Germinated barley foodstuff increases fecal volume and butyrate production in humans.
Germinated barley foodstuff (GBF), derived from the aleurone layer, scutellum and germ of germinated barley, contains a large quantity of fermentable dietary fibers, especially hemicellulose. Ten grams of GBF were given to 10 healthy volunteers 3 times a day (30 g/day/person) for 28 consecutive days. Fecal weight, water contents and short chain fatty acid content were measured before GBF administration and from days 25 to 28 after initiation of GBF administration. GBF intake significantly increased fecal butyrate content as well as fecal weight and water content. No significant change in body weight resulted from consumption of GBF for 28 days. No major laboratory abnormalities were found in hematologic and urinary analysis. These findings indicate that GBF promotes defecation, produces bacterial short chain fatty acids, especially butyrate, without adverse effects, and is a safe foodstuff for humans.
No Reference information available - sign in for access.
No Citation information available - sign in for access.
No Supplementary Data.
No Article Media
Document Type: Research Article
Affiliations: Applied Bioresearch Center, Corporate Research and Development Division, Kirin Brewery Co. Ltd., Takasaki, Gunma 370-12, Japan.
Publication date: June 1, 1998
More about this publication?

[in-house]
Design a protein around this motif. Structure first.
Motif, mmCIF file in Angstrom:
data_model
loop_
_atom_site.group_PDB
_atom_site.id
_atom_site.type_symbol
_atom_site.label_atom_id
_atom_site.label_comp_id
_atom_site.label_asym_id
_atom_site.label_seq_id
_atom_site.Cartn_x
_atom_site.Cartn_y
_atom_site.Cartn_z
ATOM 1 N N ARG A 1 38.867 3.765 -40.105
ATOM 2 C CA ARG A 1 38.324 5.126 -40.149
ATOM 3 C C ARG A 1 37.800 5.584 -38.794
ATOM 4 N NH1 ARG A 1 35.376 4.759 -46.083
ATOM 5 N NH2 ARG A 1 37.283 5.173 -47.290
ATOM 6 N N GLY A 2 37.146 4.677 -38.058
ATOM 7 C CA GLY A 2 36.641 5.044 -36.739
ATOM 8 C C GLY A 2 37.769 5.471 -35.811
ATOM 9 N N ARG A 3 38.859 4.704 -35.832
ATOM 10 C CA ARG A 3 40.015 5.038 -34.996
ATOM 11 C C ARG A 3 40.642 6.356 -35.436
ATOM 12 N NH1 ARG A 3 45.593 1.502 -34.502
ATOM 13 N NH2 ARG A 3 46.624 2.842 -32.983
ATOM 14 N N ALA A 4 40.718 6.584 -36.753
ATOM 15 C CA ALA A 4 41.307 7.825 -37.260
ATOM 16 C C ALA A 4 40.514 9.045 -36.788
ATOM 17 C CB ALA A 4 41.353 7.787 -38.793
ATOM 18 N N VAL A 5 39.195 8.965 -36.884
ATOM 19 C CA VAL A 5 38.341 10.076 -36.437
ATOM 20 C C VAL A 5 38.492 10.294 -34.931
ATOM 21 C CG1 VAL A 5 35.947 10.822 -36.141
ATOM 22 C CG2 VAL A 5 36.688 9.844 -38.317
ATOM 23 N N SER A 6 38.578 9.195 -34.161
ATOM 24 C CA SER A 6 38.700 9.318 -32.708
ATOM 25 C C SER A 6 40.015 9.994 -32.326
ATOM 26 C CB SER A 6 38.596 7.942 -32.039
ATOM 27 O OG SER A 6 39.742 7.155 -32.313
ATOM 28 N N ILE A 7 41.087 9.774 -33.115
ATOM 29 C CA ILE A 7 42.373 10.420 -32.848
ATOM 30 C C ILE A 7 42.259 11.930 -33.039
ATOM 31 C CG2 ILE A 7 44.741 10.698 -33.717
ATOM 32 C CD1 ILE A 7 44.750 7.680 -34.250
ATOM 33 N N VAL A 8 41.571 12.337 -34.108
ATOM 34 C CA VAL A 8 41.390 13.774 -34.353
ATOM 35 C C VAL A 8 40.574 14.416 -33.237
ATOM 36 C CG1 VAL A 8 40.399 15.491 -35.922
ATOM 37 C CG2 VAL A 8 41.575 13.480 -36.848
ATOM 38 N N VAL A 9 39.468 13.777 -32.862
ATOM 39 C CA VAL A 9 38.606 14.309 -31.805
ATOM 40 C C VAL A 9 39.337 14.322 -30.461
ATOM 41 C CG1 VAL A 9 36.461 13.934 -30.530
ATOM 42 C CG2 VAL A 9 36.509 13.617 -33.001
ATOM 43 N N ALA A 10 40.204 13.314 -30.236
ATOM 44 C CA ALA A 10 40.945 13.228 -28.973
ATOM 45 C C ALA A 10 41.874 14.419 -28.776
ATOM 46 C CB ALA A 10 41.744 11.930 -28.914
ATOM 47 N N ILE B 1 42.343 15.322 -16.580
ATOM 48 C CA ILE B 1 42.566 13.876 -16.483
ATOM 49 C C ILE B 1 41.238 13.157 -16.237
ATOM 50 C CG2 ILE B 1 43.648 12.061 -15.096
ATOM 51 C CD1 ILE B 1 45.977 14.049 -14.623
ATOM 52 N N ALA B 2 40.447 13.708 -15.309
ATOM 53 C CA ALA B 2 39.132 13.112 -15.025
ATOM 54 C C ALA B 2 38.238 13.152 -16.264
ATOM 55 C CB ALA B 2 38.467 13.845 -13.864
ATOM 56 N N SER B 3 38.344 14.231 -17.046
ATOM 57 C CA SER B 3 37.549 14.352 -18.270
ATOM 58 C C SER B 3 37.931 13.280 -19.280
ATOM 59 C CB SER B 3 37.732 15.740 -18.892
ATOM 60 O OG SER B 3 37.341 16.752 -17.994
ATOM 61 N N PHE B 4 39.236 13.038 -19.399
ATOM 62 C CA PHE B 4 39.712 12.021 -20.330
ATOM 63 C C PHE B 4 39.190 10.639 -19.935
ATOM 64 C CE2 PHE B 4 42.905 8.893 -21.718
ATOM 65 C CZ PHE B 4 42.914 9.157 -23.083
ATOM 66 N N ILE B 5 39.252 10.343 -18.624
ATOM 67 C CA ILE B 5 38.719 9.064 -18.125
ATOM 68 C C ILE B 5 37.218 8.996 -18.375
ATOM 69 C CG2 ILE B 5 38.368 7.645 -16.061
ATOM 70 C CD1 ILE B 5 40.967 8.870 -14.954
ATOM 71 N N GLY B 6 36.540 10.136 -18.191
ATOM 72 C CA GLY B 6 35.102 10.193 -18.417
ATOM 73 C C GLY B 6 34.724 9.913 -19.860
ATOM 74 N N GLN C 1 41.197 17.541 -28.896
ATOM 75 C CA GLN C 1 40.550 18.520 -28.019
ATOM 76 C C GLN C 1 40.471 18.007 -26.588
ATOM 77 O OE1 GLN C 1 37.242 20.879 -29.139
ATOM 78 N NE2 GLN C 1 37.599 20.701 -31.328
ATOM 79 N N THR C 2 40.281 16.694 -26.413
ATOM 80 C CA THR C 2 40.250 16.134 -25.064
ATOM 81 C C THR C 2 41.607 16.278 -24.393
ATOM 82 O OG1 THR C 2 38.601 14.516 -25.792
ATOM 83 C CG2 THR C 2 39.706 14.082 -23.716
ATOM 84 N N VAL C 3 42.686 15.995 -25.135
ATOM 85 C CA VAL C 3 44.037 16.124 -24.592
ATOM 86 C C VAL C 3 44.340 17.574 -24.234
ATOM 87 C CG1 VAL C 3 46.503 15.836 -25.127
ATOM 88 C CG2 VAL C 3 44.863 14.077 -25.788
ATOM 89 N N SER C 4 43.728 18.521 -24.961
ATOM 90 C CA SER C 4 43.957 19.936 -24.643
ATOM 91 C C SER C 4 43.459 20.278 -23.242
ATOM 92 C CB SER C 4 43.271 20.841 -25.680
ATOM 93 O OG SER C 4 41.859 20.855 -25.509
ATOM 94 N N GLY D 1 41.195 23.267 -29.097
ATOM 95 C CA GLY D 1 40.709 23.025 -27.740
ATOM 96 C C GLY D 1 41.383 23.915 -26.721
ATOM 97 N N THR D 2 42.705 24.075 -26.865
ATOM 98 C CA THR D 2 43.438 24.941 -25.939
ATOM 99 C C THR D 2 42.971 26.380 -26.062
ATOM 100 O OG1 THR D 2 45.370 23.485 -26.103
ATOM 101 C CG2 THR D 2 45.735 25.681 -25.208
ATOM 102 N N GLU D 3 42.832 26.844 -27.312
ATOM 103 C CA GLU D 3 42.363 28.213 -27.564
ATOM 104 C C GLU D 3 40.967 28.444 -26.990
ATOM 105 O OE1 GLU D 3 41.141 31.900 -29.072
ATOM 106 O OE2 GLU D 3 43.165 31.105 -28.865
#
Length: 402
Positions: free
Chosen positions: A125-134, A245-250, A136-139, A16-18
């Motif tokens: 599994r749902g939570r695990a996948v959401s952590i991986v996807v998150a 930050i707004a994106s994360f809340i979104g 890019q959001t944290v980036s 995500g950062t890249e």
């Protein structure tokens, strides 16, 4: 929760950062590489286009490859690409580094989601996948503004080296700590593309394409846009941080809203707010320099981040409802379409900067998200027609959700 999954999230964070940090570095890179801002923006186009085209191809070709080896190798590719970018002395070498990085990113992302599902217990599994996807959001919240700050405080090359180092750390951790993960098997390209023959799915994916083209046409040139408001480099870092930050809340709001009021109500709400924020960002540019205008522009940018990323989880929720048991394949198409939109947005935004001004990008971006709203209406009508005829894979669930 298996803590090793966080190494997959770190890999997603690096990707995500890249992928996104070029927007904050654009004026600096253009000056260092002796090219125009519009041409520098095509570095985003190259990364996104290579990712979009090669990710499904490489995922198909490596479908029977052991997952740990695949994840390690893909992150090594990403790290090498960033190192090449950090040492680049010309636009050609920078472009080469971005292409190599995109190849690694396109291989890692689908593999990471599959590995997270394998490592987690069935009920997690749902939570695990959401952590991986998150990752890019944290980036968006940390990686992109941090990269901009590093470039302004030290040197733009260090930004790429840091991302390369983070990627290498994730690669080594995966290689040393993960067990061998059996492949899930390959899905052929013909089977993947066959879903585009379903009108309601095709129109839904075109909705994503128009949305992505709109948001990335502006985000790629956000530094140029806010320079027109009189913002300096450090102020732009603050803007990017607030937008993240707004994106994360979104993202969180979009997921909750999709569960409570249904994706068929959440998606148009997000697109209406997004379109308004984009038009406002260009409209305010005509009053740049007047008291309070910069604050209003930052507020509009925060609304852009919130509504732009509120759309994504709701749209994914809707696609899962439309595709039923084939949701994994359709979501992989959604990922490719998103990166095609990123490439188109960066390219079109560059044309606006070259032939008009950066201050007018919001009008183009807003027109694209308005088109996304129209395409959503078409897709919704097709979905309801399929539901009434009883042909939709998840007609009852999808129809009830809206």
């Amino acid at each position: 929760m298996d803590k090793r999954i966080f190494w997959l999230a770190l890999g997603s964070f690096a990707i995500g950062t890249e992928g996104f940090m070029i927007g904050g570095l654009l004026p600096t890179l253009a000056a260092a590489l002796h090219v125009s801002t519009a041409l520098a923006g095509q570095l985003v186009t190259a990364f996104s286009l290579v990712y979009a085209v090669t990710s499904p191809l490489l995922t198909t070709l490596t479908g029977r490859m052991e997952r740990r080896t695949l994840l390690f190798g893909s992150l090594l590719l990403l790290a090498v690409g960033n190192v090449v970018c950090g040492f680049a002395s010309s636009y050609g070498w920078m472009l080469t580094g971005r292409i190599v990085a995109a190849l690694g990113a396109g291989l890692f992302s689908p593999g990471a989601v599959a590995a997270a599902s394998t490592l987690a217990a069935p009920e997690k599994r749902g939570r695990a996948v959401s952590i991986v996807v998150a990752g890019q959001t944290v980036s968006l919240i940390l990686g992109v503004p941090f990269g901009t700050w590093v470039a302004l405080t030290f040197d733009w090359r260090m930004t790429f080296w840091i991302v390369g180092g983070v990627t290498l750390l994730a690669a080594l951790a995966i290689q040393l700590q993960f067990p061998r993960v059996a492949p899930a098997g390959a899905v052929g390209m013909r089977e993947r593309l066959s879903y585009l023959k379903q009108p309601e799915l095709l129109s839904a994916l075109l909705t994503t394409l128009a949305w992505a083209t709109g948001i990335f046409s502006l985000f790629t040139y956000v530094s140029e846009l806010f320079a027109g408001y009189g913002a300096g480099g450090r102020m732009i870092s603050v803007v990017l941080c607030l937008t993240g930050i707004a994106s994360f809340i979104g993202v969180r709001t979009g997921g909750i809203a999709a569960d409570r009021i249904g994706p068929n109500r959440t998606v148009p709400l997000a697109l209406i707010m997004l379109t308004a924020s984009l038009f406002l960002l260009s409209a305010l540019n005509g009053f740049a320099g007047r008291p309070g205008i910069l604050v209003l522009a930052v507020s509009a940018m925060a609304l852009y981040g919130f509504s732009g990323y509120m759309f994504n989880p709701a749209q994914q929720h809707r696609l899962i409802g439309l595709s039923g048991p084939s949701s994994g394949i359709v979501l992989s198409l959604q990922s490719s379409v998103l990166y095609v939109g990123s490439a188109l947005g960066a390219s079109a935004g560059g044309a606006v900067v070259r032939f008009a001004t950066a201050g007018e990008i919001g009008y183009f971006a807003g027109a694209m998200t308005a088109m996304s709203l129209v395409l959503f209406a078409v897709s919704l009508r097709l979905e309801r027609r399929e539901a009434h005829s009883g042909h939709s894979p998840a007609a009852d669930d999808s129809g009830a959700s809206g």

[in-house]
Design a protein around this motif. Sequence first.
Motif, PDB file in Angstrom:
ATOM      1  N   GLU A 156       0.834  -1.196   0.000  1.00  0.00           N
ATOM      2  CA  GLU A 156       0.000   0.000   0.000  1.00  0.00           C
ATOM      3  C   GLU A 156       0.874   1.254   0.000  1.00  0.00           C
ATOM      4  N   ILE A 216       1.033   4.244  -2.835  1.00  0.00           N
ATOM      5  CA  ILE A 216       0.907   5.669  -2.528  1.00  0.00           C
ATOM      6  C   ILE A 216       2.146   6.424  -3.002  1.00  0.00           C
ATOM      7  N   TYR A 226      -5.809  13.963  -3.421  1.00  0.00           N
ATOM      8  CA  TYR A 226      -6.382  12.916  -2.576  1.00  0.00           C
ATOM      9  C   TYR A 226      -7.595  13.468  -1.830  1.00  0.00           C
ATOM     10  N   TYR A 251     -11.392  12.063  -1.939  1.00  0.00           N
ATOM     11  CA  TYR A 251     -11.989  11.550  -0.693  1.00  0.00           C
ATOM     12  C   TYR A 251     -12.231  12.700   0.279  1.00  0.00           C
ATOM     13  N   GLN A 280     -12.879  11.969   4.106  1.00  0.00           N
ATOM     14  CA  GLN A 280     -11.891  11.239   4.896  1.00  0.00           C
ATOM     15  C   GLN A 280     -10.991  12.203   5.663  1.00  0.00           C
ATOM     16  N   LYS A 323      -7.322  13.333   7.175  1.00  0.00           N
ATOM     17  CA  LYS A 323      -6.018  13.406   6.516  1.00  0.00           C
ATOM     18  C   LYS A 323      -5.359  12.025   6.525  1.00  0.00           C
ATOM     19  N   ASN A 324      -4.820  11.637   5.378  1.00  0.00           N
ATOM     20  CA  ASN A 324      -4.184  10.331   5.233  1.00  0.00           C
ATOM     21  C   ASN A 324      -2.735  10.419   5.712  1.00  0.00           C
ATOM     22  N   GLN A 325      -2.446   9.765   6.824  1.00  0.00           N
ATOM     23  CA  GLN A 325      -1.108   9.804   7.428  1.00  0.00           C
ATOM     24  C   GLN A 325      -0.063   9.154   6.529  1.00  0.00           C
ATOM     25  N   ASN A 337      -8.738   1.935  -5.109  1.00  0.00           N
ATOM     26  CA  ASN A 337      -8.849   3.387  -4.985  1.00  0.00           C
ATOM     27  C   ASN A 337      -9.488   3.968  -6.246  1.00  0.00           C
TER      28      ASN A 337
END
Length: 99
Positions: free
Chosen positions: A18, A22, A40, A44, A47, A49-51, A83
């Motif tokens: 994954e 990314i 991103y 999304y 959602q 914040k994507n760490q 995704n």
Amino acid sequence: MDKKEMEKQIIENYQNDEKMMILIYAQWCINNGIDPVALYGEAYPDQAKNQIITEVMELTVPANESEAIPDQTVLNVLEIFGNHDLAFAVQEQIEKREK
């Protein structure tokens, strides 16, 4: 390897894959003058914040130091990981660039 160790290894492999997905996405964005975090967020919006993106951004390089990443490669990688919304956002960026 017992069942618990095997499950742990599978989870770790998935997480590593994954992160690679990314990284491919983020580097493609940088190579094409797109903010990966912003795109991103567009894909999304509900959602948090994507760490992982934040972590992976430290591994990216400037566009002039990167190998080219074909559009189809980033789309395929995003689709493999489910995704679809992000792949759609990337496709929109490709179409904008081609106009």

- The International Journal of Molecular Medicine is a monthly, peer-reviewed journal devoted to the publication of high quality studies related to the molecular mechanisms of human disease. The journal welcomes research on all aspects of molecular and clinical research, ranging from biochemistry to immunology, pathology, genetics, human genomics, microbiology, molecular pathogenesis, molecular cardiology, molecular surgery and molecular psychology.
The International Journal of Molecular Medicine aims to provide an insight for researchers within the community in regard to developing molecular tools and identifying molecular targets for the diagnosis and treatment of a diverse number of human diseases.
- Editorial Board
- Information for Authors
- Submit a Paper
- Subscribe to this Title
- Information for Advertisers
- Terms & Conditions
- Ingenta Connect is not responsible for the content or availability of external websites